In high asset divorces, it is not uncommon for one spouse to earn significantly more than their partner. In this case, spousal maintenance and child support are likely to be awarded and must be planned for. In New York, a divorcing spouse may file for spousal support if they have become dependent on their spouse for the standard of living established during the course of the marriage. We know how important it is to retain financial stability as you go through a divorce and plan for life after your marriage ends. Our goal is to maintain that stability and to protect your assets and your financial future. We work to negotiate support agreements that can be reached through settlement rather than litigation.

    Factors on whether a court will award spousal support include the financial resources of both spouses, including the separate estates of each party, and each spouse’s ability to meet their financial needs independently, including any dependent child, or children, of each individual. The goal is to retain the standard of living established during the marriage. To accomplish this goal, the earning ability, job skills, and job market for each party’s profession are considered. In the case of a financially dependent spouse, consideration is also made for the time needed to obtain adequate training or education to increase that spouse’s earning ability.

    In addition, we plan for protection of your children’s interests when child support agreements must be negotiated. Maintenance of their current standard of living is our goal, and we will work to craft an agreement that meets that goal. As we address child support arrangements, we also take into consideration your overall financial picture. Our process provides a holistic approach that strategizes around tax implications of the payment or receipt of child support.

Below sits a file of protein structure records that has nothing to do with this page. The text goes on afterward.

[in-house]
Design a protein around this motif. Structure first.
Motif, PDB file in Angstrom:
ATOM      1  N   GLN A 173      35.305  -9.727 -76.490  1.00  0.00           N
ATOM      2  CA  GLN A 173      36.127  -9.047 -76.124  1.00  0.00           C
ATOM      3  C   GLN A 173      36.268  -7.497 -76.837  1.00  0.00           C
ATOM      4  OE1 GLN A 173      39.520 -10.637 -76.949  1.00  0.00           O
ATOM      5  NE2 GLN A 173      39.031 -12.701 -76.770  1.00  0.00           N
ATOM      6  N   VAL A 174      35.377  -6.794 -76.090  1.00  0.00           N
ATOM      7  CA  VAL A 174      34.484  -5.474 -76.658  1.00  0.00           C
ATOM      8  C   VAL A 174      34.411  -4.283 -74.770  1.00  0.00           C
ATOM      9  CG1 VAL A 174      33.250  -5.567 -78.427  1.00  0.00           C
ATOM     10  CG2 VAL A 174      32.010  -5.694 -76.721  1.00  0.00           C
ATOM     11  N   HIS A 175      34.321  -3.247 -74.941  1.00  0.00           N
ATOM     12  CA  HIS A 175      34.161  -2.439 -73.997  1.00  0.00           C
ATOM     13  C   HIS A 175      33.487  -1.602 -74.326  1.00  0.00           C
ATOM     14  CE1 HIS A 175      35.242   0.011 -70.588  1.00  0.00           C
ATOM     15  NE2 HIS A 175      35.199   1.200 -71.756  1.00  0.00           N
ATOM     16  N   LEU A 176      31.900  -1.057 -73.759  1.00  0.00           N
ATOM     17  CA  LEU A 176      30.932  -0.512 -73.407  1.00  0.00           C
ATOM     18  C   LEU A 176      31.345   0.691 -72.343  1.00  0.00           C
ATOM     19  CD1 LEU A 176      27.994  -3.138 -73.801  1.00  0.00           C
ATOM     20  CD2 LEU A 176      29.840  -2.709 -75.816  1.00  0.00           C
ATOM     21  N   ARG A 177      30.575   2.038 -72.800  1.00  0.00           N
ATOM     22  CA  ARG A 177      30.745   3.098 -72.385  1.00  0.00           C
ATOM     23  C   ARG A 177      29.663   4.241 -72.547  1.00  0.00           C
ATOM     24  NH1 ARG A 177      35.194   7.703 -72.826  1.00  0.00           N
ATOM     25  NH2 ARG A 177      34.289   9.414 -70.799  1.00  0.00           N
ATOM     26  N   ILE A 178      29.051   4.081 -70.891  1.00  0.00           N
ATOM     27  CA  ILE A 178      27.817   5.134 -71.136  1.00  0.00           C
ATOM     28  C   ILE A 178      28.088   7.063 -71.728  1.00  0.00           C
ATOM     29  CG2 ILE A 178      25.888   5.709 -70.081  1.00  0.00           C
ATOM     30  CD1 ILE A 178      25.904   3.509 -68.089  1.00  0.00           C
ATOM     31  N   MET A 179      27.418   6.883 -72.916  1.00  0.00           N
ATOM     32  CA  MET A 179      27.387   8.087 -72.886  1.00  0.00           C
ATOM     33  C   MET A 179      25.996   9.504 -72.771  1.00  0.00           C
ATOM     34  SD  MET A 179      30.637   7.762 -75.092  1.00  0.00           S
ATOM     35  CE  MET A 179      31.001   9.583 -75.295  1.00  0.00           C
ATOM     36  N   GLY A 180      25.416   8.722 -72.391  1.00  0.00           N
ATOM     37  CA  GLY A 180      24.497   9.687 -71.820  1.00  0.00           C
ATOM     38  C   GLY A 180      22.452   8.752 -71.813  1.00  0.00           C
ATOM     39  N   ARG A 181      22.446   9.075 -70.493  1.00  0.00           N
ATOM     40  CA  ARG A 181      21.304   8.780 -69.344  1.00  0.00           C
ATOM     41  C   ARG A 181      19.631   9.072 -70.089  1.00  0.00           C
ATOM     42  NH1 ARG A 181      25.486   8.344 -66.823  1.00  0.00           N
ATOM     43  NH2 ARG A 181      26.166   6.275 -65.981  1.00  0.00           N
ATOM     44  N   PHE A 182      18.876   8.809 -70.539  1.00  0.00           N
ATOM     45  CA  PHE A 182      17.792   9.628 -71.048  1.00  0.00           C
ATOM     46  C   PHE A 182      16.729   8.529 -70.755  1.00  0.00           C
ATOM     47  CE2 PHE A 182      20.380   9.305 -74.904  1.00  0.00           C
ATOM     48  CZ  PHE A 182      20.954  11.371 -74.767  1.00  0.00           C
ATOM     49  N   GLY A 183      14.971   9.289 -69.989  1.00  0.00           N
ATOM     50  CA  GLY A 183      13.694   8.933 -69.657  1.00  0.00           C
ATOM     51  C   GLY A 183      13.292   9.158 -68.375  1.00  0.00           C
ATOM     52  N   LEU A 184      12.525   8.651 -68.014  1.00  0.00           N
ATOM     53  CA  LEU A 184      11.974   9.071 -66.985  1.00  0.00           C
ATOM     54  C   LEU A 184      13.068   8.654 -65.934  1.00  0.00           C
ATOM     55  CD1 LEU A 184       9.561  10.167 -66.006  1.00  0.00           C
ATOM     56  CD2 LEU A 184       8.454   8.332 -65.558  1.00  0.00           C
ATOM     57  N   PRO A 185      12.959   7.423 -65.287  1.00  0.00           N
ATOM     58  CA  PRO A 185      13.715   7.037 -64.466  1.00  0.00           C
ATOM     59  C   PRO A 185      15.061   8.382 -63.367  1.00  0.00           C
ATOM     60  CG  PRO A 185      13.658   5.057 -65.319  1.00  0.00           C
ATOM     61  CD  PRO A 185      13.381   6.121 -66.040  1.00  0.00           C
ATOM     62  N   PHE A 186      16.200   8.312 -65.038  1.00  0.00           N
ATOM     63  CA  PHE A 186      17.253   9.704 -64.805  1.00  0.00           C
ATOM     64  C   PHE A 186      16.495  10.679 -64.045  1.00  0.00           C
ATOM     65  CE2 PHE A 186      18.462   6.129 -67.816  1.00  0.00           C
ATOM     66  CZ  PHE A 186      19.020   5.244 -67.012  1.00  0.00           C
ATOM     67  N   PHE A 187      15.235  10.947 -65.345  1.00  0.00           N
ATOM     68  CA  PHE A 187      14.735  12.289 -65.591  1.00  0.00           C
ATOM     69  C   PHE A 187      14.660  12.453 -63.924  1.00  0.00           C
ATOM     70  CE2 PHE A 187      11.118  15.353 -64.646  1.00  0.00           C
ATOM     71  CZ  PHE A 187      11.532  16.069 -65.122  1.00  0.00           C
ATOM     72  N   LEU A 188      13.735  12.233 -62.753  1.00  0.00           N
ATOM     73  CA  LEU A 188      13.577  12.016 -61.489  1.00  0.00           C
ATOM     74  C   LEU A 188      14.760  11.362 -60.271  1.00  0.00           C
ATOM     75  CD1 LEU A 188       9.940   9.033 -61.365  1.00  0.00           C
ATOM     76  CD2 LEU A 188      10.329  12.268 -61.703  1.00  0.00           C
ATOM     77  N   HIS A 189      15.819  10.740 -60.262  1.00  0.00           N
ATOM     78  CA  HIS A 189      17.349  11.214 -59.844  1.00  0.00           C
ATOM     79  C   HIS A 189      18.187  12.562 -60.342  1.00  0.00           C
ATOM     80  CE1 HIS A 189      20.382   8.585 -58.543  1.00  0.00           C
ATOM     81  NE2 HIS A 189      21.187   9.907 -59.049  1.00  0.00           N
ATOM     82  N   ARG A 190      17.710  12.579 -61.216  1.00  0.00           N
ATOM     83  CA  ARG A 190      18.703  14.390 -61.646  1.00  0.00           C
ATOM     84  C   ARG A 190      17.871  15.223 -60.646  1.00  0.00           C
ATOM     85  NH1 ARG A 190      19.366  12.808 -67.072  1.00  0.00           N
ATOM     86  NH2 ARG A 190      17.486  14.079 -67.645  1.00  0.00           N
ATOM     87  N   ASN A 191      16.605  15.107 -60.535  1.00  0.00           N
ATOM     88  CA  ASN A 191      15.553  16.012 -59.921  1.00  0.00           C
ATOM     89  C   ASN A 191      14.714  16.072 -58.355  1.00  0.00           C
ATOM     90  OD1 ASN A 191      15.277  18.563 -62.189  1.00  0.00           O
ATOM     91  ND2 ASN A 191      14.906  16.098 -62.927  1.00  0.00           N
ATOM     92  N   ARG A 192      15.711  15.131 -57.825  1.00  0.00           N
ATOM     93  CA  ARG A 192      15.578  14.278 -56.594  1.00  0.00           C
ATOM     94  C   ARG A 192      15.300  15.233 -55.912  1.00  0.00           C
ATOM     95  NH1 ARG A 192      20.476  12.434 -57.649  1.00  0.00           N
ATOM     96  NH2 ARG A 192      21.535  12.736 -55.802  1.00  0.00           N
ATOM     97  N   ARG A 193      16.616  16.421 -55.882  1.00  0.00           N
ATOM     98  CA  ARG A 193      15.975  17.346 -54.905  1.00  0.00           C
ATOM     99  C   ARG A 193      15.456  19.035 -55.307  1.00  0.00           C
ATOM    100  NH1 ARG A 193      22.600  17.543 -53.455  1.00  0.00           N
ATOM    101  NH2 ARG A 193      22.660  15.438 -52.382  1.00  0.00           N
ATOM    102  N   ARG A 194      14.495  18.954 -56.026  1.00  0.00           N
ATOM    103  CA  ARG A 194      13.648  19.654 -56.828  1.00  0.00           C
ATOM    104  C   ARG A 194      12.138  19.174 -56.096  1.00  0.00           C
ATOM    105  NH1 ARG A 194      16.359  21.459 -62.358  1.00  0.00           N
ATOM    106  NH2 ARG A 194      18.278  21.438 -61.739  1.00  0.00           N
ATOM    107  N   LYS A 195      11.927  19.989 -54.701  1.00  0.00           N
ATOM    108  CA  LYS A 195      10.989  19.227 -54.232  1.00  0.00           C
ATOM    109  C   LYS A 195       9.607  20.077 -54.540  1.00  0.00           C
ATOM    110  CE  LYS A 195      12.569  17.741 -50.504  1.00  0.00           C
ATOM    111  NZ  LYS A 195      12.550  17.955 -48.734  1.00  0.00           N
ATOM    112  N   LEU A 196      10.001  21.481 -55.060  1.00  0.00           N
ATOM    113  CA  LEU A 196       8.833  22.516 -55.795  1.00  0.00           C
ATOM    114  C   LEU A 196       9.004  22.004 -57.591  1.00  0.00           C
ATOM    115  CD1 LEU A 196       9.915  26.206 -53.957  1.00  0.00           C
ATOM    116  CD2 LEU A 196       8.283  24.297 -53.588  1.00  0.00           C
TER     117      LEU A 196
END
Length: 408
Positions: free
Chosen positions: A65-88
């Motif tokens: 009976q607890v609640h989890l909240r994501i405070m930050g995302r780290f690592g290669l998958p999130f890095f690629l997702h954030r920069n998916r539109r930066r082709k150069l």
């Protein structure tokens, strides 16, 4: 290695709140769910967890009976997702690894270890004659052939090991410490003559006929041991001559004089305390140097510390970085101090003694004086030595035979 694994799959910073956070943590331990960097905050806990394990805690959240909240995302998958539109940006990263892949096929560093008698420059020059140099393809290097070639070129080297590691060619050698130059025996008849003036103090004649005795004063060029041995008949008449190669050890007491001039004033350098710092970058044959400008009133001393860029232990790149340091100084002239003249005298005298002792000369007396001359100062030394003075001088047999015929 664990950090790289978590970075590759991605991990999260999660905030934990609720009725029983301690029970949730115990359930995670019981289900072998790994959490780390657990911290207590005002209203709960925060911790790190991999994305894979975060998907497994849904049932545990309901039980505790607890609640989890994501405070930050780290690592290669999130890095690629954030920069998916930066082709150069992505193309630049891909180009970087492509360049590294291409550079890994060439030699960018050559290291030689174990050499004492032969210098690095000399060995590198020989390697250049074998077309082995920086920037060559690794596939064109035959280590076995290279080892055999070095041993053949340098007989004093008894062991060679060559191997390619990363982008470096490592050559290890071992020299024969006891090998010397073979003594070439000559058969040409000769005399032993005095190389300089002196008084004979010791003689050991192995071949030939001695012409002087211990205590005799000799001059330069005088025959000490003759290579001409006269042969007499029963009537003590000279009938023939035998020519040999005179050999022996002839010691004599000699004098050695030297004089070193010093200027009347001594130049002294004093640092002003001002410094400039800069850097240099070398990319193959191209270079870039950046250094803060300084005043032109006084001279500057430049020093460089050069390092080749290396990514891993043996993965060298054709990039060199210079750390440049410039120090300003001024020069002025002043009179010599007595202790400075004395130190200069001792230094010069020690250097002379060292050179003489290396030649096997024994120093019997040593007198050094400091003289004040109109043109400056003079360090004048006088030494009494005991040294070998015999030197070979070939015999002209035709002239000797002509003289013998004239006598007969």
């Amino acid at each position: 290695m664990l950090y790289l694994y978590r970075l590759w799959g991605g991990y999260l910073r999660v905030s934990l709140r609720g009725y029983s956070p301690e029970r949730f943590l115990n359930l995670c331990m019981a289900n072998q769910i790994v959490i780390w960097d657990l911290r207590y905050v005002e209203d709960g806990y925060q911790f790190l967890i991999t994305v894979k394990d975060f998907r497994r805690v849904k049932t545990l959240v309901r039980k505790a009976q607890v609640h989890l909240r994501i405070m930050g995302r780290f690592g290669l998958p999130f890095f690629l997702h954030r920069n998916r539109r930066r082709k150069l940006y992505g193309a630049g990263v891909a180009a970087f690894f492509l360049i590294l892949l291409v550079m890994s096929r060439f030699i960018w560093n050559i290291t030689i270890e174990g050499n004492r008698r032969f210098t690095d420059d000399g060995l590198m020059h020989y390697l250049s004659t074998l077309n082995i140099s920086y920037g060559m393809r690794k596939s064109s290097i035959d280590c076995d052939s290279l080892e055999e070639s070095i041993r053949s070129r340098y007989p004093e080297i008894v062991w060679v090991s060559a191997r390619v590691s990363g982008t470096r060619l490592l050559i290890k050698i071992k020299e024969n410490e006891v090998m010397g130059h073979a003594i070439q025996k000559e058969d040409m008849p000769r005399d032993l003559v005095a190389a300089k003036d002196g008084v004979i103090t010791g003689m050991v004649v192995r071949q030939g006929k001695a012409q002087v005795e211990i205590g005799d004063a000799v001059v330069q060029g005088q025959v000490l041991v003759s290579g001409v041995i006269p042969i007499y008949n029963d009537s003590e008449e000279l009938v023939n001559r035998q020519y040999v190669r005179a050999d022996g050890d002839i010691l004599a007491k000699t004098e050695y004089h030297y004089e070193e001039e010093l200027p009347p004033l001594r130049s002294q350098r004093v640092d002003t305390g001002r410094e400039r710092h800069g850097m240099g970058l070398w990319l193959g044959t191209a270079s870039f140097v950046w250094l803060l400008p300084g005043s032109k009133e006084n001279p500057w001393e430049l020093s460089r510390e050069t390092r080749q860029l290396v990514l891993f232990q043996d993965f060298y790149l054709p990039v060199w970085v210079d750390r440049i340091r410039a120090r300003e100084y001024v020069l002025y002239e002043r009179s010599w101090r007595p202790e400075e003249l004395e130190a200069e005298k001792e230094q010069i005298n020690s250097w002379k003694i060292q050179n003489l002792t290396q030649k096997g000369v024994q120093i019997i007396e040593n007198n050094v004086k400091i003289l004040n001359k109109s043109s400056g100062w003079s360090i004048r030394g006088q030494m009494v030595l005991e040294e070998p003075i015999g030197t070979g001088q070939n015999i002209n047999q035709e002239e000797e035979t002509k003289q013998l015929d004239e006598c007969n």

We know that going to trial in a divorce is stressful and difficult for clients and their families. This can be especially so when there are children involved. Our New York divorce lawyers ensure that our high asset clients experience the least amount of stress and disruption to their family lives as possible. We will work hard to negotiate with your spouse and their attorney to get the best possible results for you and your children. But when that cannot be achieved through negotiation, and trial is the only way to get you the results you need in your divorce case, we will fight tenaciously for you in court. We are highly experienced litigators who are very comfortable in the courtroom. We regularly handle cases at the appellate level.

    Your future depends on which attorney you choose to guide you through the high asset divorce process and to negotiate on your behalf. Choose experience. Choose skill. Choose The Levoritz Law Firm. Call us today at (718) 942-4004.